To study coral reefs and the creatures that live there, scientists sometimes deploy underwater drones. But drones aren’t perfect spies. Their propellers can rip up reefs and harm living things. Drones also can be noisy, scaring animals away. A new robo-jellyfish might be the answer.
Erik Engeberg is a mechanical engineer at Florida Atlantic University in Boca Raton. His team developed the new gadget. Think of this robot as a quieter, gentler ocean spy. Soft and squishy, it glides silently through the water, so it won’t harm reefs or disturb animals living around them. The robot also carries sensors to collect data.
The device has eight tentacles made of soft silicone rubber. Pumps on the underside of the robot take in seawater and direct it into the tentacles. The water inflates the tentacles, making them stretch out. Then power to the pumps briefly cuts out. The tentacles now relax and water shoots back out of holes on the underside of the device. That rapidly escaping water propels the jellyfish upwards.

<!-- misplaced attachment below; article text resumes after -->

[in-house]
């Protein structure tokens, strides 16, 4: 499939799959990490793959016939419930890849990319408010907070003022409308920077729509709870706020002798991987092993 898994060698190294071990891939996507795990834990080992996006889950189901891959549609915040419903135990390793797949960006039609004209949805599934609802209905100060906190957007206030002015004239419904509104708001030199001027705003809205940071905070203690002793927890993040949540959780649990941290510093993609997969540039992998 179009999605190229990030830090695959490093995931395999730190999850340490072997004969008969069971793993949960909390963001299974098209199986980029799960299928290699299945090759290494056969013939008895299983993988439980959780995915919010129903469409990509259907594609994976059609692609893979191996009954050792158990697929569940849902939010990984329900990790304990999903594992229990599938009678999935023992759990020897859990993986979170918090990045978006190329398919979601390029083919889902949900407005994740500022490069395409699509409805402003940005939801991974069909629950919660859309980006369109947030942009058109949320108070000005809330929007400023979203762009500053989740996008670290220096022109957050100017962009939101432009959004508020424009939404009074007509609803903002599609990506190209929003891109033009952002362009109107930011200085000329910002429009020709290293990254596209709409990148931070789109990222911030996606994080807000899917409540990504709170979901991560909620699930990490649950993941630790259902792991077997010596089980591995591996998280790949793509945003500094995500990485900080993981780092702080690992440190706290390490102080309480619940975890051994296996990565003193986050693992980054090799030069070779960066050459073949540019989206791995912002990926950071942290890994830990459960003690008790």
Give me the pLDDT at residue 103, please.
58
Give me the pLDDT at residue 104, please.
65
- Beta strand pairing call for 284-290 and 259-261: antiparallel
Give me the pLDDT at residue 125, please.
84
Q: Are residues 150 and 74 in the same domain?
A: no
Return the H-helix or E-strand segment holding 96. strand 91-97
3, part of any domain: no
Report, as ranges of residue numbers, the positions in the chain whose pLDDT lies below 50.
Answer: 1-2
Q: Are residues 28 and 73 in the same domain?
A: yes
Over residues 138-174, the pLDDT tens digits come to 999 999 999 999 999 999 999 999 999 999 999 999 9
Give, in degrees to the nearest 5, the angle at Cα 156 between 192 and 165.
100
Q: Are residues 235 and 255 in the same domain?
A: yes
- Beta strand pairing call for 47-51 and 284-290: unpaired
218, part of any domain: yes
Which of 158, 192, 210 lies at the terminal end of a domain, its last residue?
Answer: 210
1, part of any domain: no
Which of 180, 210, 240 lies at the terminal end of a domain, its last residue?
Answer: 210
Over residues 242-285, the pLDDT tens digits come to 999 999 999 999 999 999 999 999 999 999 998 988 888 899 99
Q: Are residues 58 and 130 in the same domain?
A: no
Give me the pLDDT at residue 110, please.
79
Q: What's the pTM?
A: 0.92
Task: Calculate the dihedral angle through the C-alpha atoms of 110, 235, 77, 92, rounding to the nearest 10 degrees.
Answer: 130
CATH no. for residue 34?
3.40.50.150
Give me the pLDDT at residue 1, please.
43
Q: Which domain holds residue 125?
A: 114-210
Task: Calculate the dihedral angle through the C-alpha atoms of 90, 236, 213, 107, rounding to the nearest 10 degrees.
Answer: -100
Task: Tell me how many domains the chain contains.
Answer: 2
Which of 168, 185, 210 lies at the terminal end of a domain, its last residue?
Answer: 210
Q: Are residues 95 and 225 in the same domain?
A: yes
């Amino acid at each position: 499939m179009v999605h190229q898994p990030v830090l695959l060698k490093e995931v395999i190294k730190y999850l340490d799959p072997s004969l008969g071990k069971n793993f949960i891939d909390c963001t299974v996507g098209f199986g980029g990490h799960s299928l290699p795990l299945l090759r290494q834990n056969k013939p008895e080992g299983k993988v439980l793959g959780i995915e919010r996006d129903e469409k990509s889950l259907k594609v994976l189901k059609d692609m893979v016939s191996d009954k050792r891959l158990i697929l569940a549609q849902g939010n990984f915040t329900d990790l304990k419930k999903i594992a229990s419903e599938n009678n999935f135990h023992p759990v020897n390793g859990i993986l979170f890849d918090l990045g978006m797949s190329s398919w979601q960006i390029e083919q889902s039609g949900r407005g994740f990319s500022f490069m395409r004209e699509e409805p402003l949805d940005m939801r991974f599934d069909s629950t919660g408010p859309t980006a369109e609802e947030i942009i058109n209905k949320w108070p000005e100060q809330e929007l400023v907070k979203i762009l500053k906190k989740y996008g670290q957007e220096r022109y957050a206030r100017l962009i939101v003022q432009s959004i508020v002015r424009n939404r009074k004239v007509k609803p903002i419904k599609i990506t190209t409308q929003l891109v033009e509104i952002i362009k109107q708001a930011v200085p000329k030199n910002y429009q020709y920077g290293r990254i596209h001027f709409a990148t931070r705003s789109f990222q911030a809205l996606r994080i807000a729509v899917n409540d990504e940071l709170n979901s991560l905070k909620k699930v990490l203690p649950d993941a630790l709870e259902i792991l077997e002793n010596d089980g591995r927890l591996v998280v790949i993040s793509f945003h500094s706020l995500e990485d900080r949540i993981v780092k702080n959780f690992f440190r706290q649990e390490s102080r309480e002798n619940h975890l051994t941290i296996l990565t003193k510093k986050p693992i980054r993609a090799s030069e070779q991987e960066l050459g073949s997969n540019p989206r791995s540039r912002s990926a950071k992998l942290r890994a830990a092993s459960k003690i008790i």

The robot also has a hard, cylindrical case on top. This holds the electronics that control the jellyfish and store data. One component allows wireless communication with the jellyfish. That means someone can remotely steer the robot by making different tentacles move at different times. The hard case could hold sensors, too.